2018 was an odd year for asset class returns. Every asset class yielded negative real returns. Only a few asset classes yielded positive nominal returns, but failed to keep pace with inflation.
Cash and short-term bonds performed the best, yielding between 0-2%, presumably because the return of market volatility scared investors into cash positions. Inflation increased by 1.91% for the year as global economies continued to remain fairly strong, so purchasing power eroded.
What can we learn from this?
Markets are unpredictable.
Sometimes market history will repeat itself… until it doesn’t. Past performance is not an indicator of future performance.
To me this is a great reminder of market risk. Investors are rewarded with returns for taking that risk, but the risk still exists and sometimes it materializes into losses. 2018 was not a terrible year for US stocks, which lost 5% in value, when compared to years in which there were major corrections such as 2002 and 2008.
But 2018 was a very challenging year for international markets, where both developed markets and emerging markets were down 14%. Some stock markets had major declines in 2018, such as China’s whose Shanghai and Shenzhen markets were both down more than 24% for the year.
The expected return is rarely the actual market return
Investors widely claim, as well as expect, that the stock market will return about 10% annually. This figure is based on historical returns of markets and indices (and should be noted is a nominal return value).
However, the market rarely returns around 10% in a year. In some years markets return much more, and in some years less, even much less. But over long periods of time the markets have on average returned around 10%.
In the graphic below you can see that it was more likely that the market returned 15-25% than 5-15%. And it was much more likely that the market returned something outside of 5-15%, than something within the 5-15% range.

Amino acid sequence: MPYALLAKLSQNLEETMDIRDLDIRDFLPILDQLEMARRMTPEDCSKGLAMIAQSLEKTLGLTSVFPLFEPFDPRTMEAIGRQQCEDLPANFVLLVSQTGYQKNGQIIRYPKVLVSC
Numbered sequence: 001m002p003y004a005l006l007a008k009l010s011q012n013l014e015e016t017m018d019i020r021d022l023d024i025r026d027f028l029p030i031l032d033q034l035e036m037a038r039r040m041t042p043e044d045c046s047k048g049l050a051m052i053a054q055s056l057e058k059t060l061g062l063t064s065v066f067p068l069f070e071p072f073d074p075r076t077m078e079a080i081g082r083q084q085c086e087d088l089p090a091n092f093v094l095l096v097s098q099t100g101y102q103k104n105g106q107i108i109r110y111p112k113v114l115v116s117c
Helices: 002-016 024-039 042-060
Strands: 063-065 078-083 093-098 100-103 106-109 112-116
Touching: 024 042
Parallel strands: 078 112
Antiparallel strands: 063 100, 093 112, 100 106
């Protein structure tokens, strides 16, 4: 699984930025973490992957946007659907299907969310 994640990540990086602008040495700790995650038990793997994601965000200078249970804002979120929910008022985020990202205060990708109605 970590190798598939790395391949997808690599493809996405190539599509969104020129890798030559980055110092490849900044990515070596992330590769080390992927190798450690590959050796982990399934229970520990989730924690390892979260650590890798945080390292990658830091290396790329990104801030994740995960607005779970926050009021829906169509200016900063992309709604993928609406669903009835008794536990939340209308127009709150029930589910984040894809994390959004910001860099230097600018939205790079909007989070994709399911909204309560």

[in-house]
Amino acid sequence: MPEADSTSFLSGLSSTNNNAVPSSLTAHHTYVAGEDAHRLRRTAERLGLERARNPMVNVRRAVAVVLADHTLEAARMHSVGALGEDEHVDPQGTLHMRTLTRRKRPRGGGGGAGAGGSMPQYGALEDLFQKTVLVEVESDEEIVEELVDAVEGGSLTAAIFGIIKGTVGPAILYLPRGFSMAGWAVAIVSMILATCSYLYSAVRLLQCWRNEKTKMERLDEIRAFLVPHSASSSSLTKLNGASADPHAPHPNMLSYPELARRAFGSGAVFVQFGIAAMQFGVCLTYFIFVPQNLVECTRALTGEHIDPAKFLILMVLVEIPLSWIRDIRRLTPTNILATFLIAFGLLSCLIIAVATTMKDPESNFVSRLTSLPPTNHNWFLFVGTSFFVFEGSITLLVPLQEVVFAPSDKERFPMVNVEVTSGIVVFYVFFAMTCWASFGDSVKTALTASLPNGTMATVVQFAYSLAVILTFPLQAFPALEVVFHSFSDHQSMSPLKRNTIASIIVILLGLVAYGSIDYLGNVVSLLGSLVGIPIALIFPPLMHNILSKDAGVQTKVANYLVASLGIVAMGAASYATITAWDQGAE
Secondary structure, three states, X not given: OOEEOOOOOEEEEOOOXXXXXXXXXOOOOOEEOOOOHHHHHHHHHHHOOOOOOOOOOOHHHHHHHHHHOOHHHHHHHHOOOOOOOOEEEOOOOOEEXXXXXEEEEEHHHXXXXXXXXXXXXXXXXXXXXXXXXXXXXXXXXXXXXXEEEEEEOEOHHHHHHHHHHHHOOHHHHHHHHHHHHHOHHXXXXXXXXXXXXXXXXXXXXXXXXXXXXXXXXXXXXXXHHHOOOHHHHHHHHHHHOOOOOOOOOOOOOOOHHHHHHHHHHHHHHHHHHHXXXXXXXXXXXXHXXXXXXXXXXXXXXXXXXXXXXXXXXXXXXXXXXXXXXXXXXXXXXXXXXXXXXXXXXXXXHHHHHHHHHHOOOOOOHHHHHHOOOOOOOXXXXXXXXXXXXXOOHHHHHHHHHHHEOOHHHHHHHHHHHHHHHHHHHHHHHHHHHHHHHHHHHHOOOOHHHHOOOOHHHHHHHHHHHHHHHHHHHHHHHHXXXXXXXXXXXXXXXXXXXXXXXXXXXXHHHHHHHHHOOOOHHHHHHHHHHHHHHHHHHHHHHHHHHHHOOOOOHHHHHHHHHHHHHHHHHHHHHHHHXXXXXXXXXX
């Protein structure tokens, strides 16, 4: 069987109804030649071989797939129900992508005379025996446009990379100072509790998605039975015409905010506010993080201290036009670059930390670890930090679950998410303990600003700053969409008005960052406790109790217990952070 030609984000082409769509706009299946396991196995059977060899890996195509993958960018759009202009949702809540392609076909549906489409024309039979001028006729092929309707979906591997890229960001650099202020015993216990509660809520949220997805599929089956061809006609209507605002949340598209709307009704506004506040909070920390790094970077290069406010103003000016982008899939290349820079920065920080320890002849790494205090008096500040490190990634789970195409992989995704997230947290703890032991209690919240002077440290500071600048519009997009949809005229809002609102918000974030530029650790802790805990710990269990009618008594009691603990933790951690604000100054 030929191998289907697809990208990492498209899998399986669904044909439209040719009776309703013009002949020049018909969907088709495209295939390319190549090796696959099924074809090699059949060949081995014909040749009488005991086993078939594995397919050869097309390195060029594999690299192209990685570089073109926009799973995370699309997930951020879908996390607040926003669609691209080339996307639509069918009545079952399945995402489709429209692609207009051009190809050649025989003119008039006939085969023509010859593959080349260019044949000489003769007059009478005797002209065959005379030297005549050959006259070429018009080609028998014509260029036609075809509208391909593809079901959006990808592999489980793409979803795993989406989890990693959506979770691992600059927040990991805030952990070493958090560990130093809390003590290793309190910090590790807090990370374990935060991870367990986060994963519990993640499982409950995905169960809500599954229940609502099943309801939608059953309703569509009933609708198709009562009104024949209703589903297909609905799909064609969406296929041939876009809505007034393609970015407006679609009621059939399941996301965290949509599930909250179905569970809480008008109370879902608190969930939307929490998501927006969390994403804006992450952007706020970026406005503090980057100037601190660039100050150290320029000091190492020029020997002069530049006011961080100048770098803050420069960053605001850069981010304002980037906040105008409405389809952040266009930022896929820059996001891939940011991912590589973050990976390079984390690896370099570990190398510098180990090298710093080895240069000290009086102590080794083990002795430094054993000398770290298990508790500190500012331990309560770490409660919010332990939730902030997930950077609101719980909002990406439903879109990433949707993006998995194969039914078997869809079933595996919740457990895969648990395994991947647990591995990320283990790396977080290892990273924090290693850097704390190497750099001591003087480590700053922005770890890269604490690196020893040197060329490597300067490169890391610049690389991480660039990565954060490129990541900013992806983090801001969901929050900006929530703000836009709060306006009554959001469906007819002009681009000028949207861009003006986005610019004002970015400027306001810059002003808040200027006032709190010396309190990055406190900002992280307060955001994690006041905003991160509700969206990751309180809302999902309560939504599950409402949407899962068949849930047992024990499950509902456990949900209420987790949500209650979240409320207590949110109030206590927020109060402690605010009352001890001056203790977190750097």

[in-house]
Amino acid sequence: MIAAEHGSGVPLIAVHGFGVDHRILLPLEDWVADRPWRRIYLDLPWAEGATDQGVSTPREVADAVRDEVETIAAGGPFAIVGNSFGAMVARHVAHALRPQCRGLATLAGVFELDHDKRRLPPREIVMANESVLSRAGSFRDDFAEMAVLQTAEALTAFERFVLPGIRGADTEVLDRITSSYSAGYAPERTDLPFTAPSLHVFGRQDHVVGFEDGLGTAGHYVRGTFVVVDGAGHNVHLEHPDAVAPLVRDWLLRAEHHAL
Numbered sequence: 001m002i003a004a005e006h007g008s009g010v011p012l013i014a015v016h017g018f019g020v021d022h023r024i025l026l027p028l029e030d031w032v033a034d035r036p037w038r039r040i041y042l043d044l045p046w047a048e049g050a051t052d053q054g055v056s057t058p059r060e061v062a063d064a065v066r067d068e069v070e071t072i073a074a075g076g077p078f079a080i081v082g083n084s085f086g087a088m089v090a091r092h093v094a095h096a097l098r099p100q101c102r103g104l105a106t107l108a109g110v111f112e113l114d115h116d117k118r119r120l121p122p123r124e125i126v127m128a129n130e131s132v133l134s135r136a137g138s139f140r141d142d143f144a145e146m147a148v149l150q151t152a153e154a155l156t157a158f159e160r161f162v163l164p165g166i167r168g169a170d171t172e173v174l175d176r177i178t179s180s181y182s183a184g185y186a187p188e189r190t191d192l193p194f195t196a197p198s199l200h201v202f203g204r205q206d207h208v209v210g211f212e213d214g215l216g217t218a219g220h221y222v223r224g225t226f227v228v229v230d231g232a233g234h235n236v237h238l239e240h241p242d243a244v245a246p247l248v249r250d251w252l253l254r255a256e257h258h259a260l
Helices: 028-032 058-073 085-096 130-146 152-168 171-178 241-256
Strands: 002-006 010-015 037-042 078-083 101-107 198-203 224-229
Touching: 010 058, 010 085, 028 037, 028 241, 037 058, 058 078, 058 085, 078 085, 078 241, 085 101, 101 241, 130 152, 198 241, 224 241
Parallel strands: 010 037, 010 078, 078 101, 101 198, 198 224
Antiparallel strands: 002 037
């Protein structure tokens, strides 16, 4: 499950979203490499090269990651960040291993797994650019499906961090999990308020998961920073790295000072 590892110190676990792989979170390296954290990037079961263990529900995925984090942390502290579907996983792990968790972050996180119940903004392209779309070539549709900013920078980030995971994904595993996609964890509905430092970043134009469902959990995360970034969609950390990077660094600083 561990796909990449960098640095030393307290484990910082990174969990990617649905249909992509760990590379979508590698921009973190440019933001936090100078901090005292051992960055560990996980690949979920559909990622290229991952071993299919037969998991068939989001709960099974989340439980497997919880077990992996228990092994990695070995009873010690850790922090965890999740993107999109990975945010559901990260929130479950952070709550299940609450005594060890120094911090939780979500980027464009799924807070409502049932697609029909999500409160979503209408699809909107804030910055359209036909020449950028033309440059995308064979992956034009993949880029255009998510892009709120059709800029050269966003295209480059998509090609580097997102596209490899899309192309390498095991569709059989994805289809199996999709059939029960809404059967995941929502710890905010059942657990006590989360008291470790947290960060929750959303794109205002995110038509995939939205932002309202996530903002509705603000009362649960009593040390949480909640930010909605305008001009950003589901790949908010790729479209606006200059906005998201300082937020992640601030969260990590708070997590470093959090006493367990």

To me, this is a good reminder that it’s hard to know when to be invested or not invested in the markets, so we should not try to time the market. By attempting to time the markets, there’s a strong possibility you may miss out on some of the best periods of growth in the markets. Without being invested, through both the good years and bad years, you cannot achieve the expected market return of 10%.
So what should we do as investors?
As investors we aim to maximize our returns for our own acceptable level of risk that we’re willing to take with our investments. Everyone will have a different level of personal risk tolerance, but we all have to manage the risks of unpredictable markets and volatile asset class returns.
Investors should take two things away from this:
- Invest for the long-term
- Use diversification
By investing for the long-term, you can avoid the risk of the short-term year-to-year fluctuations of the market and achieve the expected gains (which are long-term averages). By using diversification you can reduce the risk of specific asset class volatility, increasing the probability of achieving the expected long-term returns. Together, these two principles create a robust investment strategy for building wealth and minimizing risk.